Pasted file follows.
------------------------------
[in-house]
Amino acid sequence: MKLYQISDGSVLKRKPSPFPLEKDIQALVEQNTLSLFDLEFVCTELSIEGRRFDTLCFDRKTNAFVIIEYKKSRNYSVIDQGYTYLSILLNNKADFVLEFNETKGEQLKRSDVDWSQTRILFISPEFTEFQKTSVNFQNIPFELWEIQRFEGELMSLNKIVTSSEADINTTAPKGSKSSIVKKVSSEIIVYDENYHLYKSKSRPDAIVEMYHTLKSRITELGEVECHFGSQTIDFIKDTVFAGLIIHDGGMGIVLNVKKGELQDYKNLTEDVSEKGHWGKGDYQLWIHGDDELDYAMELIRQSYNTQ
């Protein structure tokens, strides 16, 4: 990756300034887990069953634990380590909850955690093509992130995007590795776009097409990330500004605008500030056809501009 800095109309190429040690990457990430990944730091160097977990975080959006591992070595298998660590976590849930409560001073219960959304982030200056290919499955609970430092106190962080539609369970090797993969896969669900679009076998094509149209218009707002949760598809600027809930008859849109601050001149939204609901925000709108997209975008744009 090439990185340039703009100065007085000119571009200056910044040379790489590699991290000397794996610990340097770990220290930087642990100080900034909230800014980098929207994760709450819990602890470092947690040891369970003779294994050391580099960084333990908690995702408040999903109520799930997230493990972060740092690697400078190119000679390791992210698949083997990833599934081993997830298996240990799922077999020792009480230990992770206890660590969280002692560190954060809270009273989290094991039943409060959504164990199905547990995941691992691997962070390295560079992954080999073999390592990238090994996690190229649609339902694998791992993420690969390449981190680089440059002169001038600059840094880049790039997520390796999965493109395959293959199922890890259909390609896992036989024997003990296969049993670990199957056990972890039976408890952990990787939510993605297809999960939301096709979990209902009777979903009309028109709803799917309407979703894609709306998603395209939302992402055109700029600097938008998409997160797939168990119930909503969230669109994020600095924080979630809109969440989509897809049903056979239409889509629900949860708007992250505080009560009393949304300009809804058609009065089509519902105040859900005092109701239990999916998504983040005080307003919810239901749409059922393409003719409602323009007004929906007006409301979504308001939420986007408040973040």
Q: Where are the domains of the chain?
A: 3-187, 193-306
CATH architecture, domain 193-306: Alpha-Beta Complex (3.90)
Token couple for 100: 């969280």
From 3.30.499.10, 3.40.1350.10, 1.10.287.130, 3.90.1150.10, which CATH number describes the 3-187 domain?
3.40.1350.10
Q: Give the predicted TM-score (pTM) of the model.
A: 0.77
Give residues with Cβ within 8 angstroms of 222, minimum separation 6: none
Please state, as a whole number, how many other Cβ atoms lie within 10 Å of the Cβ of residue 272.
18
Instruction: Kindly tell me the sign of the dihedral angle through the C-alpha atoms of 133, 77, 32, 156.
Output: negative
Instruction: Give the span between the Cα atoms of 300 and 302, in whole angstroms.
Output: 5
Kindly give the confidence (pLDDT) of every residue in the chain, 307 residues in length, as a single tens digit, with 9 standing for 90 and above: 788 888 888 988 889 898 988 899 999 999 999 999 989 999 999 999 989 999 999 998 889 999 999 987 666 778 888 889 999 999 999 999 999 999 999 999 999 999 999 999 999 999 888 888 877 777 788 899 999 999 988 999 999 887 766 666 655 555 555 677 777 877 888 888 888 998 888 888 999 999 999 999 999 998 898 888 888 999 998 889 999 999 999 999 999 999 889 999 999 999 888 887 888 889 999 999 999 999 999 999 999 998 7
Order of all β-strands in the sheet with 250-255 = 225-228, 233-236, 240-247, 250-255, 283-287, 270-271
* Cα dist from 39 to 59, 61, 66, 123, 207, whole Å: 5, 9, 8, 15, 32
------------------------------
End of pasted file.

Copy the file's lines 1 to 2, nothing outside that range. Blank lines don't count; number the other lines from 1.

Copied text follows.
[in-house]
Amino acid sequence: MKLYQISDGSVLKRKPSPFPLEKDIQALVEQNTLSLFDLEFVCTELSIEGRRFDTLCFDRKTNAFVIIEYKKSRNYSVIDQGYTYLSILLNNKADFVLEFNETKGEQLKRSDVDWSQTRILFISPEFTEFQKTSVNFQNIPFELWEIQRFEGELMSLNKIVTSSEADINTTAPKGSKSSIVKKVSSEIIVYDENYHLYKSKSRPDAIVEMYHTLKSRITELGEVECHFGSQTIDFIKDTVFAGLIIHDGGMGIVLNVKKGELQDYKNLTEDVSEKGHWGKGDYQLWIHGDDELDYAMELIRQSYNTQ